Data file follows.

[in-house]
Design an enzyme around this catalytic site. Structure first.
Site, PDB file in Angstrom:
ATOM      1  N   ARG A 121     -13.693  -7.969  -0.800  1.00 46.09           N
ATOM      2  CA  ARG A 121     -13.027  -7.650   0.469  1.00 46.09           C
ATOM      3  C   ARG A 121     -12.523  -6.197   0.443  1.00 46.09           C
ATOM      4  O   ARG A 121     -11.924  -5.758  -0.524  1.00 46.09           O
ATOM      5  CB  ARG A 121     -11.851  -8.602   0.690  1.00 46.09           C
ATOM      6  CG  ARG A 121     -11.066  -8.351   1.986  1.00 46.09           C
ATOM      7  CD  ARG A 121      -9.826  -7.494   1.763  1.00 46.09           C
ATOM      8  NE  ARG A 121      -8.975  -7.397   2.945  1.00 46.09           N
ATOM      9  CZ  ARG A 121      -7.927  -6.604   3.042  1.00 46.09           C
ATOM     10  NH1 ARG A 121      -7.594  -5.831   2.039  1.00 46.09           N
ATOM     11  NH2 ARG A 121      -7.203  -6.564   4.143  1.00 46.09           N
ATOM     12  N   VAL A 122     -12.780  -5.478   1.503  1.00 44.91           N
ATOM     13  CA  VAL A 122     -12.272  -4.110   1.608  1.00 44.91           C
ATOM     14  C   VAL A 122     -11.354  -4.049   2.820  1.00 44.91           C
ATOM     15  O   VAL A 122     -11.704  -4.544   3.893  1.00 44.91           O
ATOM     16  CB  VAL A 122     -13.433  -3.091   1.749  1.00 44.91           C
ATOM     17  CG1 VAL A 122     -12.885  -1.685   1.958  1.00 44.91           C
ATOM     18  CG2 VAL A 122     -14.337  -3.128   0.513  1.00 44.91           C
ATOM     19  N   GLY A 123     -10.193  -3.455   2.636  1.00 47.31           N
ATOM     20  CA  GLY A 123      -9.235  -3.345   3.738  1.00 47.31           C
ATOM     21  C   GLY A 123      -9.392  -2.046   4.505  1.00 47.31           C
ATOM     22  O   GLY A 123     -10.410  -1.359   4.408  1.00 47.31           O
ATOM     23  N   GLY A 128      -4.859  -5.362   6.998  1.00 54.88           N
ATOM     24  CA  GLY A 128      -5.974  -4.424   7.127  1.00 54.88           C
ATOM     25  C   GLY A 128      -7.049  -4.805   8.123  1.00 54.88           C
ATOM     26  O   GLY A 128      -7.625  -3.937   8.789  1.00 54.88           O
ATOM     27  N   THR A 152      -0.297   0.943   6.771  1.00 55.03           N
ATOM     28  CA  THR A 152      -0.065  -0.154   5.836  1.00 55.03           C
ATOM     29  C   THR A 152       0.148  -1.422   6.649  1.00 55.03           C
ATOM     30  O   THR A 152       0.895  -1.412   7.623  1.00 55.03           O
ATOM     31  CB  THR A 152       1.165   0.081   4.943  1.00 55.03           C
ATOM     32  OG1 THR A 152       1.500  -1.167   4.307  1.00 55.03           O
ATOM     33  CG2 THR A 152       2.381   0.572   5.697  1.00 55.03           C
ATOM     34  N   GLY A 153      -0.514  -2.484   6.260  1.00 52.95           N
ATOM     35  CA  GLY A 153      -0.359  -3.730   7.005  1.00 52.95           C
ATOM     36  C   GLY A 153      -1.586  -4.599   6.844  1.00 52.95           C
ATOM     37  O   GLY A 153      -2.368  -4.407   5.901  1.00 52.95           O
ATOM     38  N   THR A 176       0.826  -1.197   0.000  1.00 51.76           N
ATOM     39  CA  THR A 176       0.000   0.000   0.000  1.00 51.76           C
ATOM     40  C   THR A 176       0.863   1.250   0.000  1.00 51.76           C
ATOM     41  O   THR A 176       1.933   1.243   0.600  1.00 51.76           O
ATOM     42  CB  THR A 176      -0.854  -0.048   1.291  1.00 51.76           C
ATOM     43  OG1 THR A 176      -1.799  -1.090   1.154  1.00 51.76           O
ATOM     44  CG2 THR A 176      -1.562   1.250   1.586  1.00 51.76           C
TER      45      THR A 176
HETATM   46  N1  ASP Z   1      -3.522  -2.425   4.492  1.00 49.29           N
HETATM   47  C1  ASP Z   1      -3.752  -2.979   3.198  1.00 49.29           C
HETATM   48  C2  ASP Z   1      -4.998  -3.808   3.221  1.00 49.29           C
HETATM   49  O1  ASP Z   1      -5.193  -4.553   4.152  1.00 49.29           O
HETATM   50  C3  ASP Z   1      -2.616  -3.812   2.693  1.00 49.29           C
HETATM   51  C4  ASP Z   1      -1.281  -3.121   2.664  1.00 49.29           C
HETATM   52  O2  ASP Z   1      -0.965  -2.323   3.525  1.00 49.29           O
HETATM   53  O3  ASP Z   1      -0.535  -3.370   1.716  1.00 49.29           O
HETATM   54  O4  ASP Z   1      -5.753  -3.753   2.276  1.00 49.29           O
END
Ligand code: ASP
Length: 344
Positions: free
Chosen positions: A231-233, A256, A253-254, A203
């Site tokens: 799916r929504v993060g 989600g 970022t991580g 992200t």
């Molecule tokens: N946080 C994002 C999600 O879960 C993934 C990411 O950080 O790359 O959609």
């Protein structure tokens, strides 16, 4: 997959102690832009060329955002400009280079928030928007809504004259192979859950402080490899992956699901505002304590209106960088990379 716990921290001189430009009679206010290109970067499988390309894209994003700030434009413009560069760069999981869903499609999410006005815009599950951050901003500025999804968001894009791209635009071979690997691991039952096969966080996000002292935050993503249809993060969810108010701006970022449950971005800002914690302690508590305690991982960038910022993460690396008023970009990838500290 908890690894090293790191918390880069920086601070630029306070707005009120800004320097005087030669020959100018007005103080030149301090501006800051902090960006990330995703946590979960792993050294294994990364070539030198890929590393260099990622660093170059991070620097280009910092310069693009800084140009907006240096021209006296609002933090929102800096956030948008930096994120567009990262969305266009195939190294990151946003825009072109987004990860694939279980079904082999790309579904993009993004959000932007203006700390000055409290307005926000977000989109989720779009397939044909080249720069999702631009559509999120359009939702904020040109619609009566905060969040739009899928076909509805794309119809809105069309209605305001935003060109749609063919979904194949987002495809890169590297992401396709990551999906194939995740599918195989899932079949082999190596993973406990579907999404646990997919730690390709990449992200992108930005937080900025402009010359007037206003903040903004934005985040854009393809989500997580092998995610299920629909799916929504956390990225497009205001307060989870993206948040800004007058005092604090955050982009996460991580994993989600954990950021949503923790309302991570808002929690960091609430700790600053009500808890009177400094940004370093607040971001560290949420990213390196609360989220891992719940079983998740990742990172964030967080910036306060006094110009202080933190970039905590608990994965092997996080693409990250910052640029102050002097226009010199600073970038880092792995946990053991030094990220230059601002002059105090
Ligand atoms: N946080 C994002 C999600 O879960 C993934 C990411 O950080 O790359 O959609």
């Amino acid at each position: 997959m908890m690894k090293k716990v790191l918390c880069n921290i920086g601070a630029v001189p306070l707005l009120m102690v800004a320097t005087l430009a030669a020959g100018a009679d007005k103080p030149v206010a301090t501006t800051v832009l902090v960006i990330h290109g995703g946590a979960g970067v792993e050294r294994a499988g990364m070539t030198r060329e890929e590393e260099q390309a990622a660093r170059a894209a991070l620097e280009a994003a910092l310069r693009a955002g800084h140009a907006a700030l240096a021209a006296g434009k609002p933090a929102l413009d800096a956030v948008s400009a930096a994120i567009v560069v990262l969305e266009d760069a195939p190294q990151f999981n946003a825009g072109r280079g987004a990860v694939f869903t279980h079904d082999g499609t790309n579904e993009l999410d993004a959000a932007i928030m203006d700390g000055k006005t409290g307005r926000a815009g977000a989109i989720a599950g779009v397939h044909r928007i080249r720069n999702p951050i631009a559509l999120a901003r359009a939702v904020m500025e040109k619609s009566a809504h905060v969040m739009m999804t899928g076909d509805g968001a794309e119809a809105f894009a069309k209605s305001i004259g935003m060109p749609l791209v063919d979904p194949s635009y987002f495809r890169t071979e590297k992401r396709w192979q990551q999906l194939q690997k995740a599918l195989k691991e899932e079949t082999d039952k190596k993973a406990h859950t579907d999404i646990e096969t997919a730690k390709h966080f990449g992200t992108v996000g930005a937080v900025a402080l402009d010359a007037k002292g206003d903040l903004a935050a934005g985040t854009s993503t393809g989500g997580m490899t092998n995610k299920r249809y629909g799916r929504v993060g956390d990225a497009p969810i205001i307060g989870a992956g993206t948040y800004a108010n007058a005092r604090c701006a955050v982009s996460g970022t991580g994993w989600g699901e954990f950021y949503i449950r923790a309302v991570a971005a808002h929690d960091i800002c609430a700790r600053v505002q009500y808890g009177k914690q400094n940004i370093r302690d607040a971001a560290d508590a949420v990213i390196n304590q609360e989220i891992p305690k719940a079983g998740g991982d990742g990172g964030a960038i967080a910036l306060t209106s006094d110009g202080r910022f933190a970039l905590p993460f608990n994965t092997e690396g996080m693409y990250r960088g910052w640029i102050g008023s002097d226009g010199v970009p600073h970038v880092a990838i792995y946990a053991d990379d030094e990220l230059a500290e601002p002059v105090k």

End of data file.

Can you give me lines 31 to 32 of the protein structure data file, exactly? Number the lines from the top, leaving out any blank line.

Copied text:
ATOM     28  CA  THR A 152      -0.065  -0.154   5.836  1.00 55.03           C
ATOM     29  C   THR A 152       0.148  -1.422   6.649  1.00 55.03           C